We didn’t get to leave exactly when I wanted too the morning of the race, I had told my team to meet us at a specific spot at a set time, well, because of the traffic and all, we were running late.  Thankfully, my life long friend, Melanie, took control and rounded everyone up and met us at a better spot, closer to where we all needed to be!  GO MEL!  I had planned to make sure we all stretched before hand, ha!  That didn’t work since we were running late, but let me tell ya, it was COLD while we were waiting to start!  There were a few times along the walk that I thought about stopping for just a minute, to kinda rest my legs, but I thought to myself, no way, I didn’t stop from the time I learned I had breast cancer until now, and neither would another woman, so on I went.  Pat was incredibly wonderful through the entire walk, occasionally asking me if I was ok (he said he meant physically, but his eyes told me emotionally), holding my hand, being there in a manner I just can’t explain!  Pat is like a security blanket to me, he simply brings me comfort and makes me feel protected.

As we approached the finish line, Melanie took the camera I had to get a picture of me crossing the finish line, I just love her for that!  I was a bit misty eyed at the time, but I didn’t let myself cry!

What came next was amazing.  A much needed potty break!  ok, not really, well, yeah, really.  Next came the Survivor’s Celebration Walk.  We lined up according to the number of years we had been a survivor, the woman I was standing next too had just had her 6th chemo treatment the day before, she looked fantastic and determined.  As we marched in, the Dallas Cowboy’s drum guys played us in (is that the correct phase?), and the closer we got to the stage, the louder I could hear Katy Perry’s “Roar”.  I was scanning the crowd for my friends and family when all of a sudden I heard my name, I turned and saw Melanie, Skylar and Wendy cheering me on.  I remember raising my arms in triumph as I passed by, my way of saying I DID IT, I AM HERE!  Melanie got a quick pic of me as well.  Once we reached the front of the stage, there were a few speeches, a few awards and some music!  The band (Emerald City) played We are Family and I Will Survive.  Both songs had all of us survivors singing and dancing together.  I got misty eyed again, taking in everything around me, the THOUSANDS of people who were there, walking for a cure, for not just me, but for YOU too.  I thought I might cry again, but I held myself together, knowing it would be an ugly cry if I started.  LOL!  When the festivities were over, Melanie and Skylar were still there, waiting for me.  Once again, I almost cried when Melanie and I hugged bye, we shared a few special words in each other’s ears, had to pull away before I started crying, and took one look at her with big ol tears ready to spill over and that was it, I had to turn away!  I will never be able to explain what it meant to me to see my name on their backs, that they were walking in celebration of ME!  Honored and humbled!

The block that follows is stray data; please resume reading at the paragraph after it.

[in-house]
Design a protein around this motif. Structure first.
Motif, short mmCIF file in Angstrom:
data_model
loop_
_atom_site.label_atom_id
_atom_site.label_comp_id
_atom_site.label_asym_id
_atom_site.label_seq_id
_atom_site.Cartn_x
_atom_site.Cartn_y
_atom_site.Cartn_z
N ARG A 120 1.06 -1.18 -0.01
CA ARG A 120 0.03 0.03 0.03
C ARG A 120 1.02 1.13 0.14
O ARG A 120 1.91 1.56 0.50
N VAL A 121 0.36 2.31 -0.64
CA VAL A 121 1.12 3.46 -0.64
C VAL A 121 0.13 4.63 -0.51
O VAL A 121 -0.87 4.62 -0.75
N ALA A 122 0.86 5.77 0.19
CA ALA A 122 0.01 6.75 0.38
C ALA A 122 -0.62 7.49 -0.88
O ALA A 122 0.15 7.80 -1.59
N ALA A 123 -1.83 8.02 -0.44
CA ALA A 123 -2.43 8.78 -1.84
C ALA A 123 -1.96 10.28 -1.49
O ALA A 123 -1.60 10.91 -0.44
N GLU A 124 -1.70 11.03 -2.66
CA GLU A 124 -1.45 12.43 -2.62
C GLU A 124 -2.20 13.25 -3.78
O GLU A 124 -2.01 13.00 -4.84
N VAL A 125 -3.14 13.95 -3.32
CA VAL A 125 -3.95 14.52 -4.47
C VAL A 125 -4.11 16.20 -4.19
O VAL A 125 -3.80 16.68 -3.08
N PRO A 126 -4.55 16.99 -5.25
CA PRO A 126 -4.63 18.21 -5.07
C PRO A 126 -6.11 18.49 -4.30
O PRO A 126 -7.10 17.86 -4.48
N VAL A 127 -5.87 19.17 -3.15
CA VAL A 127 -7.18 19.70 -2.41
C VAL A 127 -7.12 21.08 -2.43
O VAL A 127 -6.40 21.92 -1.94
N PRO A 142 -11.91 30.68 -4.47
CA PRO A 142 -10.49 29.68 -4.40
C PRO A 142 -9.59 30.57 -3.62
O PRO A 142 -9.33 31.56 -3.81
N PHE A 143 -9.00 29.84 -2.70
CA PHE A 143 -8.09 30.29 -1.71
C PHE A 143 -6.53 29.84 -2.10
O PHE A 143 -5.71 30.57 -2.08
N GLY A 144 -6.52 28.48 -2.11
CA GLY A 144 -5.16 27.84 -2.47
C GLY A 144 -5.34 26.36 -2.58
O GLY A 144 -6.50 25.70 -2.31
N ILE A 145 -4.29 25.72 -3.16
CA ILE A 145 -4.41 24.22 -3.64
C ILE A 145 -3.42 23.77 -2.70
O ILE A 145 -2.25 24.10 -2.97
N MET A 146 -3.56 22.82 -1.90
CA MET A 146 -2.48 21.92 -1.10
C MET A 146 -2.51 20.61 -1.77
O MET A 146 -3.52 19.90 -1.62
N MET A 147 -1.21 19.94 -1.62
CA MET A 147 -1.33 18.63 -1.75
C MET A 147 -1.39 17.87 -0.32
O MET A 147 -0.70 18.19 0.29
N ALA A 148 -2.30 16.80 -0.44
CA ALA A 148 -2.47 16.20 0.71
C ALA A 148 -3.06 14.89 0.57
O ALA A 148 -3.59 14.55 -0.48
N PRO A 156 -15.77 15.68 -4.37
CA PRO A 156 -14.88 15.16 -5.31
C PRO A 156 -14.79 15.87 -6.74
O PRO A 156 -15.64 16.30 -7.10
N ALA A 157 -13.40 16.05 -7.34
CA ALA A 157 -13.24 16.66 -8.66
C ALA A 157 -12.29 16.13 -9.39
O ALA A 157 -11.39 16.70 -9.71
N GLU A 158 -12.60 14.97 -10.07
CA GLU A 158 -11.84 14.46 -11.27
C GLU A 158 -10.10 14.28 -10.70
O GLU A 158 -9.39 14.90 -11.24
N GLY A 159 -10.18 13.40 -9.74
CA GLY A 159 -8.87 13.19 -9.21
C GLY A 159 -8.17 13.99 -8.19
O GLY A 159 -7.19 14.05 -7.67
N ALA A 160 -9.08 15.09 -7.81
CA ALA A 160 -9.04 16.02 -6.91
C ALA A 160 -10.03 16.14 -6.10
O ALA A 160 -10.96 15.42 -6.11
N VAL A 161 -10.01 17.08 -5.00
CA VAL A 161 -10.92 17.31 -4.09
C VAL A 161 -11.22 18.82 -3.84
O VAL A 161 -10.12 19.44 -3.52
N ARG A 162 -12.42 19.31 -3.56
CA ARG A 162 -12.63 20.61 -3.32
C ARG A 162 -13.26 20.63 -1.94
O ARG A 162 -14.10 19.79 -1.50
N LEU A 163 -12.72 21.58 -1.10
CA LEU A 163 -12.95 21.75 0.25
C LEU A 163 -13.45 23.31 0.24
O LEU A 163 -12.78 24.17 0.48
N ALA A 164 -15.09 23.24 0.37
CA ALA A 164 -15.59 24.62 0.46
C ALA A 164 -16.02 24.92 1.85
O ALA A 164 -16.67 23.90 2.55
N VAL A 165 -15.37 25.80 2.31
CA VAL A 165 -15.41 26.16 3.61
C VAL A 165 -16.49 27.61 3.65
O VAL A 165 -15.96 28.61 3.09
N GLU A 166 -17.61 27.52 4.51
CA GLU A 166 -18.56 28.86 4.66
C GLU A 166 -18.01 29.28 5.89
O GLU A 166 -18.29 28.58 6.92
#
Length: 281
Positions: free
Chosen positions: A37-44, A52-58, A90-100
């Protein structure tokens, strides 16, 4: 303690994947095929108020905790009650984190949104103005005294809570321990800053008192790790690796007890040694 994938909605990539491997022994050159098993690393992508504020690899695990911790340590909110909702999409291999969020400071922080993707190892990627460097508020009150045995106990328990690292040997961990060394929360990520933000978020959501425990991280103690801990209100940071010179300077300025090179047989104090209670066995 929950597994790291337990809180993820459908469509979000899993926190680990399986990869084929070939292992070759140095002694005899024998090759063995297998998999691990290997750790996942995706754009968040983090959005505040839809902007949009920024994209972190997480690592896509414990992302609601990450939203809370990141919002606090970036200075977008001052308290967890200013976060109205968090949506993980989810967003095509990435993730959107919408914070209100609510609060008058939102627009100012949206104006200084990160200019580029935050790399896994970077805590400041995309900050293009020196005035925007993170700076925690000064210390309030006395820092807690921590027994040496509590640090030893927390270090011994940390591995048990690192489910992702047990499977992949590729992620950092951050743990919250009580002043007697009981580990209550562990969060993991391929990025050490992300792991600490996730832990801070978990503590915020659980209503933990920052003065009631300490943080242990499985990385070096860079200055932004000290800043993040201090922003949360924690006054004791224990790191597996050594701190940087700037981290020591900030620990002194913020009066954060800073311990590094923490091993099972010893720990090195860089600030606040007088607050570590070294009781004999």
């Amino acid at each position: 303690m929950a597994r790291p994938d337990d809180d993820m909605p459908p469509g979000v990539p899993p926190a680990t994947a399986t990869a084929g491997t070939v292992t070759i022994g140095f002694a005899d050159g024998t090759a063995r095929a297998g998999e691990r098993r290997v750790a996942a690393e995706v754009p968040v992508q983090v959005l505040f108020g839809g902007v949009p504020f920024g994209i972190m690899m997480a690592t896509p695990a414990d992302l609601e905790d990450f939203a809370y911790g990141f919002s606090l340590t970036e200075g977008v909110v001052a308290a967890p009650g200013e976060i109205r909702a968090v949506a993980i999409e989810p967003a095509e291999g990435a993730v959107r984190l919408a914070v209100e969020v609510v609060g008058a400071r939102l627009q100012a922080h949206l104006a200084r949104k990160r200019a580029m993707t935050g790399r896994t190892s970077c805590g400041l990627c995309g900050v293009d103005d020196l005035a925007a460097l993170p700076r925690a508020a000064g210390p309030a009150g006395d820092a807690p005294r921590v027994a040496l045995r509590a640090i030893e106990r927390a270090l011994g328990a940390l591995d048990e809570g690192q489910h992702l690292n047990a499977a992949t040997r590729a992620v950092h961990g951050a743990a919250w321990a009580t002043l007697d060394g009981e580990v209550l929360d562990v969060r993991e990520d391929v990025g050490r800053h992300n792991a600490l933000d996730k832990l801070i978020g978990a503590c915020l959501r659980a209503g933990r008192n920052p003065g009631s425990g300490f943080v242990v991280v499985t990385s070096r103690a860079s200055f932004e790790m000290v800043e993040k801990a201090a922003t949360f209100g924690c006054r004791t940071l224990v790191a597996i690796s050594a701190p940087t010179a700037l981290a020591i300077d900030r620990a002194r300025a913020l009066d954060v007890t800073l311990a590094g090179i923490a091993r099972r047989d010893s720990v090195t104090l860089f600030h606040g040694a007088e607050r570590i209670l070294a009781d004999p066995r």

I wasn’t sure what to expect from walking in the Race for the Cure, but now that I’ve had time to sit and think about it, I feel fulfilled.  This year was all about walking for ME, next year, it’s about walking for all of you!  Crossing the finish line was symbolic for me, it signified that I survived, I beat cancer, I’m still here to tell about it, I AM ALIVE!

A few nights ago, I asked Pat and Brandon what they got out of the walk, then they asked me, I couldn’t really tell them, cause you guessed it, I started crying.

It’s hard to believe it’s been almost a year since I learned about the cancer, a lot has happened in this last year, major surgery, LOTS and LOTS of blood taken, chemo, radiation, 2 additional surgeries, the realization of a lot of not so great things in life, and some pretty awesome stuff too.  One of the warmest memories I will have of this time is right after my mastectomy and I couldn’t shower on my own; Pat had to bathe me.  I remember standing in the shower, crying, he thought he might be hurting me, but what he was really doing, was healing me.  His gentleness, well, there are just no correct words to use to explain it.  However, I am reminded of how Jesus washed the feet of his disciples , that’s what I thought of.  It was that beautiful.

I have a nice head of hair now, not real sure what color I would say it is, other than dark, with a wonderful skunk stripe.  I’ve even had a haircut since it started coming in.  I’m learning to embrace the gray I have too, I’m not sure, but I MAY NOT color it when it gets long enough to color…..don’t hold me to that, but I may NOT.

I’m doing a bit better each and every day.  I still tire easily, but when I think of all my body has been through and how I did everything back to back, I’m not surprised that I tire easily.  We are still working on my vision, ugh, some days just seeing the text on my phone is a issue.  I’m getting ready to start a month full of dr appointments, which I will gladly do to ensure that the cancer remains GONE, and prepare for my next surgery!

I will have my exchange surgery (getting implants) on December 19th, just 364 days after I had my mastectomy.  I’m ready to have all of this cancer business behind me so I can truly move forward.  I will never be able to forget that I have had cancer, it’s not something that I can just walk away from, it’s a part of who I am now and who I will always be.  I’ve been hurt by some of the things I’ve learned, some of the friends I’ve lost, but blessed beyond measure by the new friendships I’ve made, by some of the things I’ve learned, of the unwavering support of my dearest friends.

I’m a very blessed woman!

I’m so very thankful to be alive!

Plan for next year, October 18, 2014 – will you walk with me?

 

Here are a few pics from the Race for the Cure, 2013

DSCN0248 DSCN0281 P1020149 P1020158 P1020178